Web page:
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Common Name: Mistletoebird
Scientific Name: Dicaeum hirundinaceum

Size: 4-4 ½ inches (10-11 cm)

Habitat: Australasia; found throughout mainland Australia. It is also found in Papua New Guinea and eastern Indonesia. The Mistletoebird is found wherever mistletoe grows and is important in the dispersal of this plant species

Status: Least Concern. Global population: Unknown.

Diet: Mistletoe berries. The Mistletoebird is highly adapted to its diet of mistletoe berries. It lacks the muscular gizzard (food-grinding organ) of other birds, instead having a simple digestive system through which the berries pass quickly, digesting the fleshy outer parts and excreting the sticky seeds onto branches. The seed can then germinate quickly into a new plant. In this way, the Mistletoebird ensures a constant supply of its main food. It will also catch insects, mainly to provide food for its young.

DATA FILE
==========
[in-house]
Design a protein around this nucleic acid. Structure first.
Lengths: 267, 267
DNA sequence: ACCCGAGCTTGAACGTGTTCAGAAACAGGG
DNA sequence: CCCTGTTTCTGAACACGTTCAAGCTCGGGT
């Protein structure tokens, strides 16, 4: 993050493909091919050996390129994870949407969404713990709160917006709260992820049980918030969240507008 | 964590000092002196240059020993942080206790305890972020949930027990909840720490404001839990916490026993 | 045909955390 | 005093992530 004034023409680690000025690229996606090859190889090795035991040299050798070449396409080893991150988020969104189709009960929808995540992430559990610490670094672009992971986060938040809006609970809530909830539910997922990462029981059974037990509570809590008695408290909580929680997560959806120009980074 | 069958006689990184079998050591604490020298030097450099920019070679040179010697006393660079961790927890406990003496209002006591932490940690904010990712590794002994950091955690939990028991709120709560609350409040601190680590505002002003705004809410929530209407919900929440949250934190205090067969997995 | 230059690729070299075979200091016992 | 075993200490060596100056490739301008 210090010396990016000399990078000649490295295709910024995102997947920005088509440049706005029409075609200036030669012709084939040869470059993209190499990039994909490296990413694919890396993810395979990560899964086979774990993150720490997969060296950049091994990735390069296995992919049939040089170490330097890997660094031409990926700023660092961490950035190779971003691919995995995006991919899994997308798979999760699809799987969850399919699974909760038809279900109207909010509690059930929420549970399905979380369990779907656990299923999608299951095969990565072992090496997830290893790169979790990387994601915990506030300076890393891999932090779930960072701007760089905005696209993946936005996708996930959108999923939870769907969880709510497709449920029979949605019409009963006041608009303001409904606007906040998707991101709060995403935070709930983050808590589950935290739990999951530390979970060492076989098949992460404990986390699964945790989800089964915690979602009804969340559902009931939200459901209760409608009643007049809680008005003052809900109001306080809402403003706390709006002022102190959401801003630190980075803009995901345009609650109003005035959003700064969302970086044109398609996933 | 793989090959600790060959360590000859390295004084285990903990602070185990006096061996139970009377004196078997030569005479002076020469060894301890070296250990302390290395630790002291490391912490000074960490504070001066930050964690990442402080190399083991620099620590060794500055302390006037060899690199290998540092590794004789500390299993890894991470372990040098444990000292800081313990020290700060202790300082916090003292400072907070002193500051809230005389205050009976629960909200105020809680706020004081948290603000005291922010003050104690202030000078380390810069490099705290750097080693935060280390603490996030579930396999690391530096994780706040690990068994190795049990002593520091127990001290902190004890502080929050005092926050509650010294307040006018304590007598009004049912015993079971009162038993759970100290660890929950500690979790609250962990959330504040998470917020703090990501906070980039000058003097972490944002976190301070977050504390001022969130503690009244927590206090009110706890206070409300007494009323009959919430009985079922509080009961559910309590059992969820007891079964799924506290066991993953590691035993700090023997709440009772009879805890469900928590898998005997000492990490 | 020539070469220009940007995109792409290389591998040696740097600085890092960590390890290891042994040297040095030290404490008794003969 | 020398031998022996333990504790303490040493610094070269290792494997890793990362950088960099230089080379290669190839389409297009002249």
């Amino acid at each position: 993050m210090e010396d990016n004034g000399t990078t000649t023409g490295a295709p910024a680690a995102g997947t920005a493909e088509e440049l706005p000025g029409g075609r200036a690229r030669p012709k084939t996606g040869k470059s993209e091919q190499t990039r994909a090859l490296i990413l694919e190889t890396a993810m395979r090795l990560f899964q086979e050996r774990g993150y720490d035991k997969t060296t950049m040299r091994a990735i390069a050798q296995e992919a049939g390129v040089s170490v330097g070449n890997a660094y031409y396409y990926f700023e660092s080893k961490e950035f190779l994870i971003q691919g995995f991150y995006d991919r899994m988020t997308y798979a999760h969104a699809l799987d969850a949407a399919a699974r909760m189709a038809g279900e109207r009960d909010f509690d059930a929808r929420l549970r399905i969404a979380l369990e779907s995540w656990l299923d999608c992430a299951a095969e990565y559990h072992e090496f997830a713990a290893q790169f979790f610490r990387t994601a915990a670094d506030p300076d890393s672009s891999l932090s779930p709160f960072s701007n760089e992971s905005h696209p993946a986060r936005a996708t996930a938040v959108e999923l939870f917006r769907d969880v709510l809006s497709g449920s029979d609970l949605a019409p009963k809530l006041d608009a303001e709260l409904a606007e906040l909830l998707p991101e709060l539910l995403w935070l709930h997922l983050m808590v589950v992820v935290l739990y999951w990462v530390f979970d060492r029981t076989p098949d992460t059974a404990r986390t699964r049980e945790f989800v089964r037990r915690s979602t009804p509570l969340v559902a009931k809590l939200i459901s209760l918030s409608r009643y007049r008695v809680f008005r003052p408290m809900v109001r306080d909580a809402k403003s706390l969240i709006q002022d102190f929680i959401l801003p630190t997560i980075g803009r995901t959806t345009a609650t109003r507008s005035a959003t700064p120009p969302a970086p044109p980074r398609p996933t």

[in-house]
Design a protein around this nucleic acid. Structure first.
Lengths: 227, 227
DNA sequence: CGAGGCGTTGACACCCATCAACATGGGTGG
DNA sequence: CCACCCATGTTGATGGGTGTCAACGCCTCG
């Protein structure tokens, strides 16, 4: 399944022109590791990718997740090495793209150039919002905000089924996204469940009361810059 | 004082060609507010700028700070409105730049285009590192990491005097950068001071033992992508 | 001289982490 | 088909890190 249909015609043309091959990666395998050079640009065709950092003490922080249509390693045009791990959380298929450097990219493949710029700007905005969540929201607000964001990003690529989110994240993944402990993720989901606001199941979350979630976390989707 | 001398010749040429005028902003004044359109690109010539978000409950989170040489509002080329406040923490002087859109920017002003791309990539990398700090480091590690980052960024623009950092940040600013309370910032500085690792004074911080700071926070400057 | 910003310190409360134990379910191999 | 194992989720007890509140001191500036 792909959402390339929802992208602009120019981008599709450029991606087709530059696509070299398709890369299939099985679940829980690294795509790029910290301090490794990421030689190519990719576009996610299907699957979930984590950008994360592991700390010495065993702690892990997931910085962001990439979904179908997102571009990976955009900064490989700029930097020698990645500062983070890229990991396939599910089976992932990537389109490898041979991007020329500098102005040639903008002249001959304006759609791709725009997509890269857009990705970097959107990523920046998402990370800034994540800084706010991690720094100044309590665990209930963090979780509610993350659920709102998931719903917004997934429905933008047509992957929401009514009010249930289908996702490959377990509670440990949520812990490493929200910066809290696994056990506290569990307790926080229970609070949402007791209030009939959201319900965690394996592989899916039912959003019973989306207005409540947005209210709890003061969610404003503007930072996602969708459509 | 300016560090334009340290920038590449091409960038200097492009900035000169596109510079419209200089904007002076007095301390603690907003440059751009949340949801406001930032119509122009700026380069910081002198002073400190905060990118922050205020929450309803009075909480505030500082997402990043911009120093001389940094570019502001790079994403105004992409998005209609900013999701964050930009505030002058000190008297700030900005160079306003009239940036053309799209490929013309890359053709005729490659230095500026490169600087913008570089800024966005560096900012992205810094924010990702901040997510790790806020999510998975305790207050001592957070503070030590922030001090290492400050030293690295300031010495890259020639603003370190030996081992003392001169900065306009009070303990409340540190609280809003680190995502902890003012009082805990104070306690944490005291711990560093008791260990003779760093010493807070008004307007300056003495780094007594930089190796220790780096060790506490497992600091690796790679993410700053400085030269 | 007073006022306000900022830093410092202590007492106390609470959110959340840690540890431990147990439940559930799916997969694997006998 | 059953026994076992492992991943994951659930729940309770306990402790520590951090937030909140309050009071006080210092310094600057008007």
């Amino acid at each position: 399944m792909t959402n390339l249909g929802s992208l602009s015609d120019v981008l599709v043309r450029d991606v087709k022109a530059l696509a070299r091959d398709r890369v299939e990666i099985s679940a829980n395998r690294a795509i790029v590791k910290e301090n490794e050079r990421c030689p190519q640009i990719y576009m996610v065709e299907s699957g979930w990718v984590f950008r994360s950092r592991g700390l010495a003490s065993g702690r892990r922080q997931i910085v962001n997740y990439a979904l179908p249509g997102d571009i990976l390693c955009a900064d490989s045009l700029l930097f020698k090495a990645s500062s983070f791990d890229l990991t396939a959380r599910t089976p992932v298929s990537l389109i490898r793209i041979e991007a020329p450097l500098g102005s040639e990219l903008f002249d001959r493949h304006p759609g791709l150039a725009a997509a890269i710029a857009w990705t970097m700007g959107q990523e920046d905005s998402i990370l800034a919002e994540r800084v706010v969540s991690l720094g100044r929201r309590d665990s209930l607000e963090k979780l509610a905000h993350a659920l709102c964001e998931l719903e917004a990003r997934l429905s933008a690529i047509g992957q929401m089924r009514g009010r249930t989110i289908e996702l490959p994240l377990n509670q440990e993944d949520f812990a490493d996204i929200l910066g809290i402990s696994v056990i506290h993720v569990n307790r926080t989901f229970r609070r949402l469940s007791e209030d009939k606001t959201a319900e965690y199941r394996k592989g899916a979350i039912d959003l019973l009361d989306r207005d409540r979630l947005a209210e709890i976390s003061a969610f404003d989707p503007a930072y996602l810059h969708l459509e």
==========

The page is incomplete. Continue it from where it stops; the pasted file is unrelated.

Nesting: The Mistletoebird builds a silky, pear-shaped nest with a slit-like entrance, made from matted plant down and spider web, which is suspended from a twig in the outer foliage of a tree. The female alone builds the nest and incubates the eggs, while both sexes feed the young.

Cool Facts: In cold weather, the Mistletoebird can undergo torpor, which is the slowing down of bodily functions to conserve energy.

Found in Songbird ReMix Australia Volume II

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